The UN peacekeeping mission in the Democratic Republic of Congo (DRC) has closed nine field offices since peaceful transfer of power in the 2018 presidential elections, the world body’s top official there told the Security Council.
At the same time Leila Zerrougui, UN Secretary-General special representative and head of the UN Organisation Stabilisation Mission in the Democratic Republic of Congo (MONUSCO) said a new strategy for the mission’s eventual closure recognises and is tailored to differing realities on the ground and security needs in each province.
“The drawdown and ultimate withdrawal of MONUSCO figured prominently in our discussions with government in recent months,” she told the Security Council this week.
The discussions outcome is a joint strategy representing a common vision for the mission’s gradual, responsible and sustainable drawdown and exit.
MONUSCO is currently present in six provinces, in addition to its Kinshasa headquarters, she said, explaining the joint strategy is tailored to province-specific situations and aims to progressively consolidate the mission’s footprint in North Kivu, South Kivu and Ituri, most affected by conflict.
By June 2021, MONUSCO will withdraw completely from the Kasaïs and by June 2022 it will be able to withdraw from Tanganyika, if stability is maintained.
“Ultimately the primary responsibility for protection of civilians is with State authorities,” she said adding the sustainability and tempo of MONUSCO’s transition hinged on government capacity to assume security responsibilities and strengthen its institutional presence across the country.
On the political situation, Zerrougui said the DRC is going through a period of heightened political tensions, marked by persistent differences in the governing coalition.
In view of these tensions, MONUSCO met over with representatives of political forces and civil society encouraging them to resolve their differences through dialogue and avoid provocations likely to incite violence, she said.
In a Security Council discussion, members exchanged views on MONUSCO’s reconfiguration, including the Force Intervention Brigade (FIB), a military unit in the mission authorised to take offensive action according to a UN statement.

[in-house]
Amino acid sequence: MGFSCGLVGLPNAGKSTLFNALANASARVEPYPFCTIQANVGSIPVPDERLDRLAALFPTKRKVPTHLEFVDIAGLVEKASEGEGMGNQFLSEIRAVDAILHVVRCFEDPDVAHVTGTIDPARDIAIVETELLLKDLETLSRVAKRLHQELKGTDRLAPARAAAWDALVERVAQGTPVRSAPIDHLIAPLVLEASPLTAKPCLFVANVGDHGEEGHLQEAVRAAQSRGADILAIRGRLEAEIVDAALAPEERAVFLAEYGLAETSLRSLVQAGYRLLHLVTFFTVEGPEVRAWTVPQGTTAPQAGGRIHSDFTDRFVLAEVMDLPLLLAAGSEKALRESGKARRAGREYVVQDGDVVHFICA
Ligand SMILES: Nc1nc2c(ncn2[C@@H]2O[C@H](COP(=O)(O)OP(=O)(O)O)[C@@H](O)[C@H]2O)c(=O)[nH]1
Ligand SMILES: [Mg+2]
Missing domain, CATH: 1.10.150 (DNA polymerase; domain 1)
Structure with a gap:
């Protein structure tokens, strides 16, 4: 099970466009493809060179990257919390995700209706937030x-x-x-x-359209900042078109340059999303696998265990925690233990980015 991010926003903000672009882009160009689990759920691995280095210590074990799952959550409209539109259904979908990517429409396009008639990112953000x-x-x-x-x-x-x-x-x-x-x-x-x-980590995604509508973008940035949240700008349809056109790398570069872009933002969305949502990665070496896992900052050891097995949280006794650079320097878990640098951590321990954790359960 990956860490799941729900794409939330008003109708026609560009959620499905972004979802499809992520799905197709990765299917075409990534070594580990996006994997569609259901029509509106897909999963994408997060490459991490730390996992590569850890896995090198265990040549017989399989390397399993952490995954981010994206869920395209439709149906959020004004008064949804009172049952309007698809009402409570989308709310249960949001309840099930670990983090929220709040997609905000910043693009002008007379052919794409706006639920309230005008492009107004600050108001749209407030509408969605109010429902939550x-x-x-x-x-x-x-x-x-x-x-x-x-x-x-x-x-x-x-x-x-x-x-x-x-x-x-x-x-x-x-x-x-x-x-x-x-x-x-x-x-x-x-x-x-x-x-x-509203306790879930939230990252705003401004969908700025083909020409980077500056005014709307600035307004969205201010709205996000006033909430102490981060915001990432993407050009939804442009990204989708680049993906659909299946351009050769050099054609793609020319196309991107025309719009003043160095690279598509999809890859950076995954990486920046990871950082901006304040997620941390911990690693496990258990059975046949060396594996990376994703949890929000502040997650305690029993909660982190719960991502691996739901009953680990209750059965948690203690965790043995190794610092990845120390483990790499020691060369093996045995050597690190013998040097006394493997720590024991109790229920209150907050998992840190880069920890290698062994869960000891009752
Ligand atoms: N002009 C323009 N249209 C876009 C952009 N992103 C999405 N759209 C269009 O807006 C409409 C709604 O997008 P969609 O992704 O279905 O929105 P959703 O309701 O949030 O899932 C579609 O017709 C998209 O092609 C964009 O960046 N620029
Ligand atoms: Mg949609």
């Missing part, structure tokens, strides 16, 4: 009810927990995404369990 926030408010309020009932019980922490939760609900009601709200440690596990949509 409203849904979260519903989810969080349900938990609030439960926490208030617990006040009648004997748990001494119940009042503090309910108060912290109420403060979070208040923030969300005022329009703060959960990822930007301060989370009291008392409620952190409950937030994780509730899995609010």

France’s representative said MONUSCO must focus on areas where the situation is most volatile, stressing the drawdown must be strategic and sequenced, with reforms in the justice and security sectors prioritised, as well as development and the engagement of women. The mission should be deployed most effectively, with reconfiguration of the FIB. A renewed partnership with government is also needed, he added.
The US representative welcomed progress the Congolese government made in governance and gender equity. More progress is needed in disarmament and reintegration, as well as planning for a responsible drawdown and transition. He urged the UN to move forward with mandated enhancements to the FIB.
Estonia’s delegate said the international community must be aware of MONUSCO’s numerous responsibilities, including protecting civilians, advancing women, peace and security, addressing violations against children and supporting security sector reform. “A refocusing of MONUSCO and gradual transfer of its responsibilities has to ensure there are not setbacks in the progress achieved,” he said.
The DRC representative told how government is implementing a threefold strategy toward building defence and security capacity through security sector reform, promoting national reconciliation and activating regional diplomacy to defuse tensions. He called for an increase in resources so the FIB will be equipped with a special unit to rapidly respond to situations on the ground.